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4 Tips to getting Traction with Execution

The biggest challenge I see working with clients relates to successful implementation of their strategy and plans.


Sometimes this is due to the fact that the organisation’s strategy itself is unclear or unsound; but more often than not it’s because its execution has been poorly managed.

I don’t subscribe to the view that fantastic execution of an average strategy is preferable to a great strategy with poor execution.  That’s a cop out - having clear strategy AND successful execution must be the goal if you want to win.

I have written previously about effective strategic planning; and to me developing or refining a clear and compelling competitive advantage is its foundation.

But what then? 

There are four ways I believe you can set yourself up for better execution of your strategy and plans:

1) Firstly make sure your strategic planning process itself is simple and logical.  That it is part of how you do business ( e.g. not restricted to an annual offsite). And importantly ensure it is aligned and connected - is it able to be easily cascaded throughout the organisation.  One page planning is a great process for that.

2) Focus, focus, focus.  Deciding what you are going to do now i.e. in the next say 90 or 120 days is a really effective technique to provide clarity. 

A number of clients have used the approach from Lencioni’s The Advantage - pick a theme based on what’s important right now, identify the supporting strategies and focus on those for the next period (read more here). Another is based on Harnish’s The Rockefeller Principles -decide on the five key priorities for the next 90 days, with one that is paramount above all others (read more here).

Both approaches then outline how you use data and meetings to focus on measuring and ensuring accountability.  Communication is also a key component around successful execution.  I have really used shorthand here to describe the approach so if you would like to talk to a couple of clients about how these have worked drop me a line and I will put you in touch.

3) The flip side of focus is deciding what are you not going to do?  What hobby horses or distractions are you going to kill to ensure you have the time and resources to effectively implement your plan?  What activities and processes in your business could you remove to simplify and improve your operation?  A waste audit is a good place to start.

4) Finally, stay close to your target market – your key customers.  What are their needs and wants, their problems and challenges?  And beyond that what trends or issues are emerging that may cause you to rethink how you go about your business. Either in terms of challenging your strategy – or more likely refining your execution.

So it is possible to ‘have it all’!  Great strategy and successful execution!

by James Atkins, Vantage Strategy & Marketing

This article is linked to James' Google+ profile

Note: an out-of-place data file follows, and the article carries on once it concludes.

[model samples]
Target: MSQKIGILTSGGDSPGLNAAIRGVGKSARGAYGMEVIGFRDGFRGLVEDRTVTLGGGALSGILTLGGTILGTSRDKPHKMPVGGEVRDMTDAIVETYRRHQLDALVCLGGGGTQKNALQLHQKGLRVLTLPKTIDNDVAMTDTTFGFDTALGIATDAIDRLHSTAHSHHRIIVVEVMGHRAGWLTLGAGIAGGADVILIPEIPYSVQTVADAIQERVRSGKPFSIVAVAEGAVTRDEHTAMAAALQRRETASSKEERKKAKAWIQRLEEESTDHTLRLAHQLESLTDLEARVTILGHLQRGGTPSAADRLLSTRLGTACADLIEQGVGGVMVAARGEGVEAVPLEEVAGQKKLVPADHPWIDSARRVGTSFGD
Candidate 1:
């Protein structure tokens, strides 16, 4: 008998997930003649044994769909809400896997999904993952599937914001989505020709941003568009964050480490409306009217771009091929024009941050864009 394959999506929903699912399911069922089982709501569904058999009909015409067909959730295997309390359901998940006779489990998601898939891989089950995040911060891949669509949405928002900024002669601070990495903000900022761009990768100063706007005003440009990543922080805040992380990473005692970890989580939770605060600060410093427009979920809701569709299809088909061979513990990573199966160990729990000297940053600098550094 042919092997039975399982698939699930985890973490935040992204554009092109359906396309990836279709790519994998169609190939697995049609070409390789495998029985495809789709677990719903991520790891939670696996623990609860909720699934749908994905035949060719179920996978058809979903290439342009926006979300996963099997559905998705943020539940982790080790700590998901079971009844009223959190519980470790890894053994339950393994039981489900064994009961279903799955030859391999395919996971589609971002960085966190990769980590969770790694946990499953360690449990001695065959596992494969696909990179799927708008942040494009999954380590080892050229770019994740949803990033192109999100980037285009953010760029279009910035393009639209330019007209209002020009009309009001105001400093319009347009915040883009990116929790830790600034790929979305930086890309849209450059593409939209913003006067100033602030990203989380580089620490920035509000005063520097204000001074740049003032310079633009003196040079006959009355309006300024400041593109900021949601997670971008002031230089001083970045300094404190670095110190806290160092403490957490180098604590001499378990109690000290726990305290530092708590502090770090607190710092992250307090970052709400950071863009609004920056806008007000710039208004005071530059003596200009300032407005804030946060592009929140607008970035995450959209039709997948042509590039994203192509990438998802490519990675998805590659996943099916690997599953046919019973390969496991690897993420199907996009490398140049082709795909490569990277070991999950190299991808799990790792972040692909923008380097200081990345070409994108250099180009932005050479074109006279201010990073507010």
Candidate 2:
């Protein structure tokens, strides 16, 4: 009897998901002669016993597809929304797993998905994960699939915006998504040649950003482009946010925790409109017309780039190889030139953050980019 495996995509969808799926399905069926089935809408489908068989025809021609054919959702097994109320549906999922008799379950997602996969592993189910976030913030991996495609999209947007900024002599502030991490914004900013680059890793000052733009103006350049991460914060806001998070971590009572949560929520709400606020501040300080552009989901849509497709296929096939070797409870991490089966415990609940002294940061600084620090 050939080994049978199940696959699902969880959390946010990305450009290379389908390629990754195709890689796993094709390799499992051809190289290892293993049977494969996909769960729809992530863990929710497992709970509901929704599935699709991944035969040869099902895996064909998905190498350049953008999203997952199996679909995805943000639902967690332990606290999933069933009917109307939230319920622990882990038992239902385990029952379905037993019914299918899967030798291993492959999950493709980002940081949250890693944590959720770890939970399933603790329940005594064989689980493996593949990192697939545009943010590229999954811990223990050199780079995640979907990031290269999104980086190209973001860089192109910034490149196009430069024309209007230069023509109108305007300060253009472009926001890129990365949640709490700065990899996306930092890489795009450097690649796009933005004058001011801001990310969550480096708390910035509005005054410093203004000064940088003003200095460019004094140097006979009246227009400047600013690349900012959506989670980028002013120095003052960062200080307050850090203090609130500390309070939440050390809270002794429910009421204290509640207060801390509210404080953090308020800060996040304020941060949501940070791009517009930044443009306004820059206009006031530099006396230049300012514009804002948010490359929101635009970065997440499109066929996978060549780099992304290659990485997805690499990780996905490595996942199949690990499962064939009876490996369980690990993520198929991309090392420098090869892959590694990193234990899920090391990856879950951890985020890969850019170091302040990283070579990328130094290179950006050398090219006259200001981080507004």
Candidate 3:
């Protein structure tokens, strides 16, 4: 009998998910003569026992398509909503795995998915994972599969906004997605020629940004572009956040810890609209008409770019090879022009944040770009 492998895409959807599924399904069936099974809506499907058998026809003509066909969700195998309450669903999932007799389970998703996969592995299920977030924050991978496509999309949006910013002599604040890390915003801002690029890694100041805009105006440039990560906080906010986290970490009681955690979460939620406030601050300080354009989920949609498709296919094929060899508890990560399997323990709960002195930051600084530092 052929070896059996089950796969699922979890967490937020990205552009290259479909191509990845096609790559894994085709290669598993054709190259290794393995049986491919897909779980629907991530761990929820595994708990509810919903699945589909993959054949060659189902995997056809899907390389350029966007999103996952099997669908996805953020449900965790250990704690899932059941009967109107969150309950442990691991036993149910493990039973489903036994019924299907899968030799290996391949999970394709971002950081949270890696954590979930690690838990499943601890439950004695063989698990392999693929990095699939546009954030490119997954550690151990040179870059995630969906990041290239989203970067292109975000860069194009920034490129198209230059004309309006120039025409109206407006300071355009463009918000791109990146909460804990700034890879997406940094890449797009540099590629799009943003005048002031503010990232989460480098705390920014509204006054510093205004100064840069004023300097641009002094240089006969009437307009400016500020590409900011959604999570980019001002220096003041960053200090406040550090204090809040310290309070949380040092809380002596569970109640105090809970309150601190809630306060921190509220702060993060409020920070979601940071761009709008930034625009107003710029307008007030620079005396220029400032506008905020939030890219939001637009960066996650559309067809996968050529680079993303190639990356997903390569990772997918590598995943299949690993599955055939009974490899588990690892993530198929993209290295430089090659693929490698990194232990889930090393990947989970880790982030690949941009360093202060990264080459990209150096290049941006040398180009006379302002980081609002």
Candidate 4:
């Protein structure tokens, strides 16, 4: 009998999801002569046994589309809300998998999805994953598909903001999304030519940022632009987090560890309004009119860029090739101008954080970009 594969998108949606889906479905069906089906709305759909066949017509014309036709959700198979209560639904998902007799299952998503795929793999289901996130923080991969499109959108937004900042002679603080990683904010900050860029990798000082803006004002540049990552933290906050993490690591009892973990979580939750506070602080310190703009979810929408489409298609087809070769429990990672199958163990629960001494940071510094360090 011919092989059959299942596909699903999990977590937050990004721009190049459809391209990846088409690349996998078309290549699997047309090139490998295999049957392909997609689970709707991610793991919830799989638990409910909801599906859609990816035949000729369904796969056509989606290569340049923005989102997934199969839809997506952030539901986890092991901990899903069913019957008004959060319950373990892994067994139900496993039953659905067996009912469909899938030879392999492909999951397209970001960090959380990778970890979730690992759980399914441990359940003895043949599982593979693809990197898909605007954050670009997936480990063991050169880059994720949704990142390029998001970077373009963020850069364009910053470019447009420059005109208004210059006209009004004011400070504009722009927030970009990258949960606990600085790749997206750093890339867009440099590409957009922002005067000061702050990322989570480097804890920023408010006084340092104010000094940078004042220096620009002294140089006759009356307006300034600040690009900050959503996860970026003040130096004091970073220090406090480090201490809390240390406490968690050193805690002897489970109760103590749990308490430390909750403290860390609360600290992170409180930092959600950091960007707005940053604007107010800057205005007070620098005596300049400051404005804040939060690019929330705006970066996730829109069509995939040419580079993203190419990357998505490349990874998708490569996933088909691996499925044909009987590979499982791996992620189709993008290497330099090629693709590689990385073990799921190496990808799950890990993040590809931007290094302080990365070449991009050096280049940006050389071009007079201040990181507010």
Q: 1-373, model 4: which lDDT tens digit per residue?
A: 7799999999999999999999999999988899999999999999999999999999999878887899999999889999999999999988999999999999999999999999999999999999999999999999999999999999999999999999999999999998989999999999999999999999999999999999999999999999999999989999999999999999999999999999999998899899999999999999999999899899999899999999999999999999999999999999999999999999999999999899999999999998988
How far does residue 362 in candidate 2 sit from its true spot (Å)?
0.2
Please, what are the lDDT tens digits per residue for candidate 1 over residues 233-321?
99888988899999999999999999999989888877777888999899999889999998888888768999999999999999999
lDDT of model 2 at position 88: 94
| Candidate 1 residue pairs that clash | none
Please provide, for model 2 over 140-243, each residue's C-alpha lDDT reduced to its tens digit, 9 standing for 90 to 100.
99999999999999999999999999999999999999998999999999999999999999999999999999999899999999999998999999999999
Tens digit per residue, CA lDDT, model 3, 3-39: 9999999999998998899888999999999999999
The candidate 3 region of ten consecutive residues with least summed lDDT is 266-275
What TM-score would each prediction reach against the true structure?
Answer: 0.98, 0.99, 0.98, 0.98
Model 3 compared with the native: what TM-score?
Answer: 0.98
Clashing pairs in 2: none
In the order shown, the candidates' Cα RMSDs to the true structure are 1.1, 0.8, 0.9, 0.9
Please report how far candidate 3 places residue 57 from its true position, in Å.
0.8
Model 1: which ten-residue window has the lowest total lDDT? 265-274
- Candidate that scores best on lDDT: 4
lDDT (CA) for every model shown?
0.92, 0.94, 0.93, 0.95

The biggest challenge I see working with clients relates to successful implementation of their strategy and plans. ..

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Time to get your Business Fit

Whilst we dodged a bullet in 2008 it appears the economy is yet again challenged by sluggish sales as customers – in B2B and B2C markets - keep their hands firmly in their pockets.

During the GFC many businesses took the opportunity to ‘right size’ and removed obvious costs, but almost all failed to leverage it to its fullest in terms of waste reduction. This continued volatility may be your last chance to prepare your business for this fast-moving tsunami of economic woe.  Cash is tightening, confidence is shaken and where to next is uncertain.

A review of overheads and operating costs is essential before the economy takes off again. Why put more business through an incapable system? You will not meet your profit and cash-flow budgets without such a review.

Here is a check list of opportunities. Tick the box next to the ones you have in your business and then estimate the annual cost/savings for each. What is your total? You should find the number is somewhere between 10% and 20% of your annual sales (depending on how hard you cut in the past).

Tick the boxes below





1. Remove poor performing staff




2. Remove unprofitable customers




3. Remove waste in the sales and marketing process




4. Remove waste in the production process




5. Reduce overheads




6. Achieve or exceed budgets




7. Remove inefficient suppliers




8. Increase average sales/customer by 20%




9. Improve cash collection by 20%




10. Other please specify  



  You have less than 12 months to free up this cash. You will need all of it to fund your survival in this continued volatility. Already cash flow is tightening, business confidence is severely shaken, and you must take action now. Get some help as you will not make the time it needs. Your role is to make decisions, establish consequences, and deliver on your budgets. There is a cost benefit; the savings you make now will be there year after year.

The last question to ask yourself is, “what barriers are there that are stopping me from making a start on a waste reduction program”? Fix whatever issues come out of this thought process. Keep asking the question until all the barriers are dealt with and then just make a start. If you don’t start within the next week you probably won’t. If you do increased cash flow and reduced risk will be yours. 

But most importantly you will be able to take advantage  of the eventual rebound better than your competitors - a great position to be in!

For information on the Vantage Waste Reduction Program please click here.

Whilst we dodged a bullet in 2008 it appears the economy is yet again challenged by sluggish sales as customers – in B2B and B2C markets - keep their hands firmly in their pockets. ..

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